What is your company’s average ticket? Weekly revenue? Number of new clients per month—per day? These are just a few benchmarks that you want to know and look at regularly. It’s also important to know your budget and make sure you never decrease your investment in any area that helps you get and keep new clients—or new talent. If you are in a position to cut expenses, start looking at those things that are nice to have but don’t move the needle on your average ticket, new client acquisition, revenue, or recruiting. It could be as simple as offering a different type of tea or water in a glass instead of bottled. Or using two types of wax on your backbar instead of four. We are creative people and there are creative ways to deliver excellence without burdening your budget!
If you’ve thought of a creative way to revise your budget, we’d love to hear them! Email us: email@example.com
Launch or Relaunch a Service
Have you ever been to a business who’s done a little remodeling or revising of their business model and then they’ve held a regrand opening event? I’m not suggesting an event—but rather the idea of launching a new service or relaunching an existing service in a new way.
An example of this could be hair extensions. Maybe you already offer hand tied hair extension wefts. But now, you could launch tape-ins. This opportunity offers results in less time and less of an investment for guests. Hair extensions are a great opportunity because most times you’re preselling the appointment. The client purchases the hair and could reserve their upcoming visit by prepaying a portion upfront. And as most of us who offer hair extensions know, the prebook rates are significantly higher!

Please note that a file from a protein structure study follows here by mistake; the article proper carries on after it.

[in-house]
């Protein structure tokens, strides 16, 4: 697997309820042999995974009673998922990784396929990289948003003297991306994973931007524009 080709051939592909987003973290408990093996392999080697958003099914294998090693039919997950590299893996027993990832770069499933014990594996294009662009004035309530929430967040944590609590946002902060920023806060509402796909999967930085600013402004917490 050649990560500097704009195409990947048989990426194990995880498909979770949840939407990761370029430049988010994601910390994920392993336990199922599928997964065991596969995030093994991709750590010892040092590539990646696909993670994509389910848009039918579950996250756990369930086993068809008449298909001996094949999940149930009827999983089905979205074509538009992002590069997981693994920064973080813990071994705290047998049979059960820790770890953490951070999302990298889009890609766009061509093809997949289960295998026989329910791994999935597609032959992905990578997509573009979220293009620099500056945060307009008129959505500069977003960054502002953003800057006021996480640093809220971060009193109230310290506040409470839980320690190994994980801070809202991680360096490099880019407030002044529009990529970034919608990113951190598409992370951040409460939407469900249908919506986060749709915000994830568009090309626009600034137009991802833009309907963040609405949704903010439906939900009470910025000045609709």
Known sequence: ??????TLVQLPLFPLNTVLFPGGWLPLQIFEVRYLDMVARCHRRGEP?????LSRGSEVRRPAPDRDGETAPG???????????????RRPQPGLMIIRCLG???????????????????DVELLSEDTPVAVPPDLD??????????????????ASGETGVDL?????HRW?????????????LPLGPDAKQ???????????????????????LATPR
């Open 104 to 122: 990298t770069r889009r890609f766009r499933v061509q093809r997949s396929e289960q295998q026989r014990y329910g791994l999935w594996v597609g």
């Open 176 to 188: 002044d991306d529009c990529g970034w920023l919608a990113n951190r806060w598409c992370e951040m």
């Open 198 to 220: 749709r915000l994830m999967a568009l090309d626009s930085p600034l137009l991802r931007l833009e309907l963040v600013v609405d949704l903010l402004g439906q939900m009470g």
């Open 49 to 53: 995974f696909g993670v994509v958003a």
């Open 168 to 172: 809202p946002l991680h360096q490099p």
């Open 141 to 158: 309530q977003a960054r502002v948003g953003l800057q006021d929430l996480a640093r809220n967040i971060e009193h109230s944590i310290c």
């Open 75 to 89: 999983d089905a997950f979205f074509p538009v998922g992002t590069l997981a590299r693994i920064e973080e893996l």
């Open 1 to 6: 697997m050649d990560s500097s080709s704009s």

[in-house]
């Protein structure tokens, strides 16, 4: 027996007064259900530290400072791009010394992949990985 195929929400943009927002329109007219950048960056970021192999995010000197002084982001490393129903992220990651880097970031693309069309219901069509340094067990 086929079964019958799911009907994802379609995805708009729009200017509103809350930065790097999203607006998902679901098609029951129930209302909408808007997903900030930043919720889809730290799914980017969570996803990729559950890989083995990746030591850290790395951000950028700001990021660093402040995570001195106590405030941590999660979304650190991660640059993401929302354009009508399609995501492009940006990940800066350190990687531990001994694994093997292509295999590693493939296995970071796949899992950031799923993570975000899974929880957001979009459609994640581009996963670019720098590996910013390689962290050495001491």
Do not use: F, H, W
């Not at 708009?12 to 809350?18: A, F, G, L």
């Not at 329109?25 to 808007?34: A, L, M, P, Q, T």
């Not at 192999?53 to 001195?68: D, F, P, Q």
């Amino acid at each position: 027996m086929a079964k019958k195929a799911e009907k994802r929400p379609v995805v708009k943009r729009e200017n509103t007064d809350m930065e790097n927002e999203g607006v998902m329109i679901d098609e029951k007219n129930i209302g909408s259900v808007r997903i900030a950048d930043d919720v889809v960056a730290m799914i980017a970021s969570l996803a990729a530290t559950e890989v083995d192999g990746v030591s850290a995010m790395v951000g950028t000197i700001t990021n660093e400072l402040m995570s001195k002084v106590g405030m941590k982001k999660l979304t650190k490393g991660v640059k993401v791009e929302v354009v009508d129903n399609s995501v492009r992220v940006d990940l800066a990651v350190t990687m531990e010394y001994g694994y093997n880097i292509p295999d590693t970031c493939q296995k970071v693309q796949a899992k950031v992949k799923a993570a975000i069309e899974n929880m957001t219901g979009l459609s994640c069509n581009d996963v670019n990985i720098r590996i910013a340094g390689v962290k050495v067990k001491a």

Another example could be your treatment category. You’ve always had them, but they’re not booked that often. Take three of your treatments that you know are a good fit for almost every guest and simply rename them! If the treatment used to be called moisture boost, you now call it hair hydration and introduce it for a special price point for a specific time frame as an add-on service. Set a goal, get the team involved, and you’ve got a winning strategy for increasing your average tickets.
If you’ve not done this yet, why not? It’s the perfect way to increase the frequency of client visits. Think of your barber clients who come every six weeks and spend an average of $45 per visit. If you offer a monthly barber membership for $39. You’ve now increased your revenue by 15% and that doesn’t include the opportunity for product sales because you’ve gone from having nine opportunities per year to twelve.